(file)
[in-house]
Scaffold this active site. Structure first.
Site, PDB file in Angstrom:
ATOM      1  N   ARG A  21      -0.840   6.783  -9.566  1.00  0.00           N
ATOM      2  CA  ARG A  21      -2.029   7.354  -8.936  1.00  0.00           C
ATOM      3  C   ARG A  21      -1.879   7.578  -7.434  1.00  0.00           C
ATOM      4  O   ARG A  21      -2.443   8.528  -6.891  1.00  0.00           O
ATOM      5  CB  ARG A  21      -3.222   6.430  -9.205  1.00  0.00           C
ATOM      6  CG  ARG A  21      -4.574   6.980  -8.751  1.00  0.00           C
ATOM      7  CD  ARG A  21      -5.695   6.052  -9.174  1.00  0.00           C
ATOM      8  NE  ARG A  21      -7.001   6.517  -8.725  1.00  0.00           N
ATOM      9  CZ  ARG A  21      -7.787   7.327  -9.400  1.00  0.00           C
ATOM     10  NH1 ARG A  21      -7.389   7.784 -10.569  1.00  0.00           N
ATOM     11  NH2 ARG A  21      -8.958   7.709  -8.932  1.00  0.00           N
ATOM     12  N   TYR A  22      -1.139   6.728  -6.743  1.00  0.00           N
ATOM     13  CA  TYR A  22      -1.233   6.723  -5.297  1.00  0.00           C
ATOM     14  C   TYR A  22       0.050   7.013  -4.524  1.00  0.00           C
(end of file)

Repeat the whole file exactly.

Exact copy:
[in-house]
Scaffold this active site. Structure first.
Site, PDB file in Angstrom:
ATOM      1  N   ARG A  21      -0.840   6.783  -9.566  1.00  0.00           N
ATOM      2  CA  ARG A  21      -2.029   7.354  -8.936  1.00  0.00           C
ATOM      3  C   ARG A  21      -1.879   7.578  -7.434  1.00  0.00           C
ATOM      4  O   ARG A  21      -2.443   8.528  -6.891  1.00  0.00           O
ATOM      5  CB  ARG A  21      -3.222   6.430  -9.205  1.00  0.00           C
ATOM      6  CG  ARG A  21      -4.574   6.980  -8.751  1.00  0.00           C
ATOM      7  CD  ARG A  21      -5.695   6.052  -9.174  1.00  0.00           C
ATOM      8  NE  ARG A  21      -7.001   6.517  -8.725  1.00  0.00           N
ATOM      9  CZ  ARG A  21      -7.787   7.327  -9.400  1.00  0.00           C
ATOM     10  NH1 ARG A  21      -7.389   7.784 -10.569  1.00  0.00           N
ATOM     11  NH2 ARG A  21      -8.958   7.709  -8.932  1.00  0.00           N
ATOM     12  N   TYR A  22      -1.139   6.728  -6.743  1.00  0.00           N
ATOM     13  CA  TYR A  22      -1.233   6.723  -5.297  1.00  0.00           C
ATOM     14  C   TYR A  22       0.050   7.013  -4.524  1.00  0.00           C